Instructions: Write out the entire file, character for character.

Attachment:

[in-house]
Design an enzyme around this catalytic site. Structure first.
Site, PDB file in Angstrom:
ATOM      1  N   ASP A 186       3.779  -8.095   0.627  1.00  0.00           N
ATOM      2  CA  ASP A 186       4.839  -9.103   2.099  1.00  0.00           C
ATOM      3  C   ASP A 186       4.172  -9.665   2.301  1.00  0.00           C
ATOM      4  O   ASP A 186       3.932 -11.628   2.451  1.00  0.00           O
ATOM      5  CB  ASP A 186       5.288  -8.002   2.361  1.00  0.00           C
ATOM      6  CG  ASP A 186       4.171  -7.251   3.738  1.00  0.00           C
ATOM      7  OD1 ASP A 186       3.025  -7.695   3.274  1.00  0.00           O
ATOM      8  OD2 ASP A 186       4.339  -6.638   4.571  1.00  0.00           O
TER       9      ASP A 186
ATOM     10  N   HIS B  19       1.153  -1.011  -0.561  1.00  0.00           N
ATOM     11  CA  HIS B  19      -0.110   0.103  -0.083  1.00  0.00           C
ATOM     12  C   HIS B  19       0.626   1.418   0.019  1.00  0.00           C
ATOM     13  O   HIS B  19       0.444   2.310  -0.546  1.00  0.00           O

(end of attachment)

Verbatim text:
[in-house]
Design an enzyme around this catalytic site. Structure first.
Site, PDB file in Angstrom:
ATOM      1  N   ASP A 186       3.779  -8.095   0.627  1.00  0.00           N
ATOM      2  CA  ASP A 186       4.839  -9.103   2.099  1.00  0.00           C
ATOM      3  C   ASP A 186       4.172  -9.665   2.301  1.00  0.00           C
ATOM      4  O   ASP A 186       3.932 -11.628   2.451  1.00  0.00           O
ATOM      5  CB  ASP A 186       5.288  -8.002   2.361  1.00  0.00           C
ATOM      6  CG  ASP A 186       4.171  -7.251   3.738  1.00  0.00           C
ATOM      7  OD1 ASP A 186       3.025  -7.695   3.274  1.00  0.00           O
ATOM      8  OD2 ASP A 186       4.339  -6.638   4.571  1.00  0.00           O
TER       9      ASP A 186
ATOM     10  N   HIS B  19       1.153  -1.011  -0.561  1.00  0.00           N
ATOM     11  CA  HIS B  19      -0.110   0.103  -0.083  1.00  0.00           C
ATOM     12  C   HIS B  19       0.626   1.418   0.019  1.00  0.00           C
ATOM     13  O   HIS B  19       0.444   2.310  -0.546  1.00  0.00           O